many years ago, when I first became a cycling coach, one of my clients shared this little nugget of psychological wisdom. she wasn’t referring to cycling, but I found it an important lesson for just about anything in life. I immediately stole it and began using it as the preface to my skills clinics. it’s simple yet brilliant.
I know you’re on the edge of your seat waiting to learn what this piece of advice might be. of course, if you’ve participated in one of my clinics, you know exactly what I’m about to type.
“grant yourself permission to be a beginner.” it’s okay to not be perfect at everything you do. it’s okay to go through the learning process. it’s okay to be right where you are right now. it’s okay to fail and try again and learn and improve. it’s okay to be a beginner.
whether you’re learning to ride a bicycle or race a bicycle, mountain bike, or even ride a unicycle, it’s okay to be a beginner.
something happens to us in adulthood that creates a mental challenge for us to learn something new. we’ve become successful. we have college degrees, jobs, and healthy relationships. we know how to balance a checkbook and do laundry. we can multi-task. we find it difficult to ask for help. and suddenly, it’s not okay (at least in our own minds) to not be perfect at something. we put a lot of pressure on ourselves to succeed. and when we don’t find immediate success, we’re embarrassed and frustrated and (all too often), we give up before we’ve really given ourselves a chance at success.
I always chuckle when someone says “it’s just like riding a bicycle.” if that were true, I wouldn’t have been able to build a successful business that focuses on teaching adults how to ride and race their bicycles.
although most of us rode a bike as a child, many of us stop riding for a period of time (usually our 20s) while we’re living life in other ways: college, career, family, etc. and then, when we decide it’s time to ride a bike again, we’re faced with seemingly insurmountable challenges. something has changed since childhood. we have fear. we understand pain + mortality. we have a job to go to on Monday. we’ve forgotten that riding a bike should be fun. we worry about what others will think of us. we feel judged. we’ve forgotten what our body feels like and how to interact with a bicycle.
so instead, we try to manage the bicycle. we try to fix it and control it and conquer it. and because we don’t understand how a bicycle really works and we no longer listen to our body in quite the same way we did as a child, we fail. we crash. we’re afraid. and we’re frustrated.
I experienced this myself. I rode a bicycle from tricycle to 10-speed Free Spirit through my early 20s. it was my transportation. it was my freedom. I rode to the playground. I rode to school. I rode to my boyfriend’s house. I rode to parties. I rode to my job. I rode everywhere. and then…..I stopped riding.
in 1999, after a decade-long hiatus, I decided that it was time to ride a bike again. I had moved to California and everyone here was healthy. they worked out at the gym and they played outside. they rode bikes. and I wanted to ride a bike, too. so I dusted off my 10 year old Specialized Hard Rock mountain bike and started riding. and I failed. I was afraid of everything: cars, getting lost, falling off the side of the road, going downhill. and I was frustrated that I was afraid. and I was frustrated that I had failed. and I was frustrated that I was frustrated. how was it possible that I had ridden a bike for more than 20 years but now I was a complete failure?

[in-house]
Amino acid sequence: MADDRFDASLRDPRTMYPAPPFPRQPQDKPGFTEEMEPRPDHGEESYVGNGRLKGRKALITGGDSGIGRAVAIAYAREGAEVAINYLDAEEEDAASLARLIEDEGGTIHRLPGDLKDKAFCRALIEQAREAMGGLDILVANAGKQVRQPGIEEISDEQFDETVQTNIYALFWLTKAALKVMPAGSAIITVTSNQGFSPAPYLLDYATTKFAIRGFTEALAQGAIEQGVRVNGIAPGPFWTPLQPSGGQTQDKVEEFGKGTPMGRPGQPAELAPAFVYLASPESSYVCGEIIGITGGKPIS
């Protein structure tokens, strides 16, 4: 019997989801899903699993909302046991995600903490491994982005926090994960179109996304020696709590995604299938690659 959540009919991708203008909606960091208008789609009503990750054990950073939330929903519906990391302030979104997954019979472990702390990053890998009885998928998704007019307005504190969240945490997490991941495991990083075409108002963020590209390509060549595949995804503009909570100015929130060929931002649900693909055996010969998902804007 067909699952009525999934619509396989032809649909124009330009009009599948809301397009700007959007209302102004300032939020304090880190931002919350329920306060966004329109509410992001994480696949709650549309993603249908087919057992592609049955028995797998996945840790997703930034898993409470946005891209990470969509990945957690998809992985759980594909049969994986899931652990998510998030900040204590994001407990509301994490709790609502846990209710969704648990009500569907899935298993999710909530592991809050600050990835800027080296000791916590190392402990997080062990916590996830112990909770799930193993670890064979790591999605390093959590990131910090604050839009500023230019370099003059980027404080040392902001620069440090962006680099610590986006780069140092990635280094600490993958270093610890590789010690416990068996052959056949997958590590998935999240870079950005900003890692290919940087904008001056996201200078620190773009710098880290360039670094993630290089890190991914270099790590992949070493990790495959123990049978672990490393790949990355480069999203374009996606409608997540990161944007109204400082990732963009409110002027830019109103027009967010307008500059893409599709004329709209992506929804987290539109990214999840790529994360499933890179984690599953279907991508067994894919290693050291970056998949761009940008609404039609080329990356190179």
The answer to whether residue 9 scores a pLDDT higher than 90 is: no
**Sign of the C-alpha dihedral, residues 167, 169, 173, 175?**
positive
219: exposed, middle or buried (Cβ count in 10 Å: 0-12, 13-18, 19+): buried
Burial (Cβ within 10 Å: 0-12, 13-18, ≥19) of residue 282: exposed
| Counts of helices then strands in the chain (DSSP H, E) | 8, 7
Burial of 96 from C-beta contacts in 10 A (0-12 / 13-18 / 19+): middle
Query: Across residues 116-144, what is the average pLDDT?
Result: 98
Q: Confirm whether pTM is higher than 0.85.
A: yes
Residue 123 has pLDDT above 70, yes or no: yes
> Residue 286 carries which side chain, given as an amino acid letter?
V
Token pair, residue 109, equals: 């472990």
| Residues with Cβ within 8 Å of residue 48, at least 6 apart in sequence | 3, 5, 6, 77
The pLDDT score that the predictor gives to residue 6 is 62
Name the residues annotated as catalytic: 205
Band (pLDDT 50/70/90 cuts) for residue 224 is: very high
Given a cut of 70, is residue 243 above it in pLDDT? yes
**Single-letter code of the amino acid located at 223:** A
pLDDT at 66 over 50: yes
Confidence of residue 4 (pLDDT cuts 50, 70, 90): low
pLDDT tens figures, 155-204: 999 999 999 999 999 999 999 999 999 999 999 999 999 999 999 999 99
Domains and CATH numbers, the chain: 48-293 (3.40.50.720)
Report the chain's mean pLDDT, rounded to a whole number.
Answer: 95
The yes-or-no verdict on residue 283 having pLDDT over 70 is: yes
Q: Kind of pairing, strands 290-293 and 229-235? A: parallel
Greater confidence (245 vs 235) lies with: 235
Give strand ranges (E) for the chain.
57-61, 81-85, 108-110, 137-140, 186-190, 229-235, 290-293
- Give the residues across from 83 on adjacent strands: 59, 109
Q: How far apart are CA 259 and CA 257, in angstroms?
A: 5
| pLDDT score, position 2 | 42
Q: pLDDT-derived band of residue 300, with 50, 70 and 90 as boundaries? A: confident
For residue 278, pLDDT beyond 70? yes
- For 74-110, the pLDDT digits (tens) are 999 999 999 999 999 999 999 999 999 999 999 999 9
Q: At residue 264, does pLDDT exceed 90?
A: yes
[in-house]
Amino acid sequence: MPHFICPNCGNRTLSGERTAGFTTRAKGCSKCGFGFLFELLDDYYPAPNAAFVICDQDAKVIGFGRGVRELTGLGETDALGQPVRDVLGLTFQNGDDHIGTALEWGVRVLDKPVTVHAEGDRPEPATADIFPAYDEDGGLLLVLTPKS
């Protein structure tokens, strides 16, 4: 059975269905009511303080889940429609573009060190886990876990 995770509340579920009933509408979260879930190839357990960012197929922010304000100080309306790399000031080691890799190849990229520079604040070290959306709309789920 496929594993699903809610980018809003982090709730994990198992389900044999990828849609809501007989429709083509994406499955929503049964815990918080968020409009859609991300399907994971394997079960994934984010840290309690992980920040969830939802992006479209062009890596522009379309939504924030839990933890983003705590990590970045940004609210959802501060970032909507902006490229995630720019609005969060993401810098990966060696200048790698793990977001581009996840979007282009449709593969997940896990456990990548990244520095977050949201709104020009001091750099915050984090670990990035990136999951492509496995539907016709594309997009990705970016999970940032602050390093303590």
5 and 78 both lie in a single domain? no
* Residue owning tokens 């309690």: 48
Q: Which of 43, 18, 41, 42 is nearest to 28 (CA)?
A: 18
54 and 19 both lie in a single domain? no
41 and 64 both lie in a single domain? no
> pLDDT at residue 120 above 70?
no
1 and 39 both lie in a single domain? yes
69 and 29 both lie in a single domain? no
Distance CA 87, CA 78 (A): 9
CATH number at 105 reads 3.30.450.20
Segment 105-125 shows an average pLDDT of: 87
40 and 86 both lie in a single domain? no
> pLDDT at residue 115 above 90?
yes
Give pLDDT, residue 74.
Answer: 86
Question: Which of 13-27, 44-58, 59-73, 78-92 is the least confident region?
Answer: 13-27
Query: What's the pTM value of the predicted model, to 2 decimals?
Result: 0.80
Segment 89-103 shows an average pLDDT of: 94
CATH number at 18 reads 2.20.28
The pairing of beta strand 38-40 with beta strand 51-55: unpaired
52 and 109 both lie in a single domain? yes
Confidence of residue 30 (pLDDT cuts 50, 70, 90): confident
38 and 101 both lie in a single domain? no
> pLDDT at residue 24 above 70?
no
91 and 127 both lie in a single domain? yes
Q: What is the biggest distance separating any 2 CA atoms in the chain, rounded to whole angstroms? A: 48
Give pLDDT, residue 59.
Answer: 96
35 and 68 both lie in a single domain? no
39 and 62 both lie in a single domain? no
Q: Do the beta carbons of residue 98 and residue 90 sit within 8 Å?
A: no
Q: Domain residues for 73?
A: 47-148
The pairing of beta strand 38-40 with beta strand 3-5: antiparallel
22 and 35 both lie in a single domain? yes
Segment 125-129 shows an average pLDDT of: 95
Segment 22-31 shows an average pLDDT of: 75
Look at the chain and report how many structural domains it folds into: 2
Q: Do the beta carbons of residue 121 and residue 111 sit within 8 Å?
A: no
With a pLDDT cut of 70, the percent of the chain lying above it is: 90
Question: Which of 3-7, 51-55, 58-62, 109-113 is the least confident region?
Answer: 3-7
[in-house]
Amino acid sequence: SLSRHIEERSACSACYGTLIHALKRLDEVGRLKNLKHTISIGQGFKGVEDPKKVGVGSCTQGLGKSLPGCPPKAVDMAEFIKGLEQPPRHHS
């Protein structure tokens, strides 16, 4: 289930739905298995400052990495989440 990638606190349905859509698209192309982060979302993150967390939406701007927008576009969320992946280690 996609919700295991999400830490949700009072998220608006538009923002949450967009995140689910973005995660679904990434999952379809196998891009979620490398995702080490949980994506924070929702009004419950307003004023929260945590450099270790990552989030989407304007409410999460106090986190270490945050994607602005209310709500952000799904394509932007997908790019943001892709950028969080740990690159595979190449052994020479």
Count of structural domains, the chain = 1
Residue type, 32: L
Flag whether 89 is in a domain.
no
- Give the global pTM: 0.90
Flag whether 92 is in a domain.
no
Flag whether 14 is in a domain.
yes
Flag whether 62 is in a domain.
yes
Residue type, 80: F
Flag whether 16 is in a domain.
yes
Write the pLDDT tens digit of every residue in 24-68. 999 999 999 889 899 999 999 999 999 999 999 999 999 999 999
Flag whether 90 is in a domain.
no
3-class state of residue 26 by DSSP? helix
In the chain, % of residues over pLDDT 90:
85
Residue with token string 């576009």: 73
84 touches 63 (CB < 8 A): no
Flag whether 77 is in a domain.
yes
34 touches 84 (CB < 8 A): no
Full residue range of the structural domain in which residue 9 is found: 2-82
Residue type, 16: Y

but those of you who know me well know that I’m stubborn. I really, really wanted to ride my bike. I was obsessed with riding my bike. I registered to ride in the California AIDS Ride, a 7-day ride of almost 600 miles from San Francisco to Los Angeles. I had nine months to train. it seemed impossible. I would conquer it. and I did. within three months, I had ridden my Hard Rock almost every day. I completed my first century on the Coyote Creek Trail (solo), riding back + forth + back + forth. I eventually conquered my fear of riding on the road and ventured away from the bike trails. and then I started riding with groups. before I knew it, I was commuting in the dark from San Mateo to San Francisco. and then I was leading rides for Team Schwab and for the California AIDS Ride. but I still wasn’t a perfect rider and that frustrated me.
when I was given the opportunity to change careers in 2001 by Charles Schwab, I decided that I wanted to share the amazing physical, mental, and personal transformation that I’d undergone by riding a bicycle with others. so I became a coach and a personal trainer and founded Velo Girls, one of the first women’s-only cycling organizations in the United States. and then I began the process of deconstructing the physics of riding a bike so I could teach others in a way that was logical and progressive. I wanted to break down those barriers that kept adults from riding, kept them from succeeding, and kept them from having fun. I wanted to help adults understand how to ride with their bicycle (not on their bicycle). I developed a series of skills clinics that I tested out on our very first racing team. those clinics were the foundation of Girls Got Skills, our racing development program, and our four-hour Bike Skills clinics.
and the rest is history.
so, if you’re frustrated or afraid or embarrassed, you’re not alone. I was there and hundreds of adults with whom I work each year were there, too. it gets better. but the first step in learning is to give yourself permission to be a beginner and be patient with the learning process. if you do, you’ll open up a world of possibilities for yourself.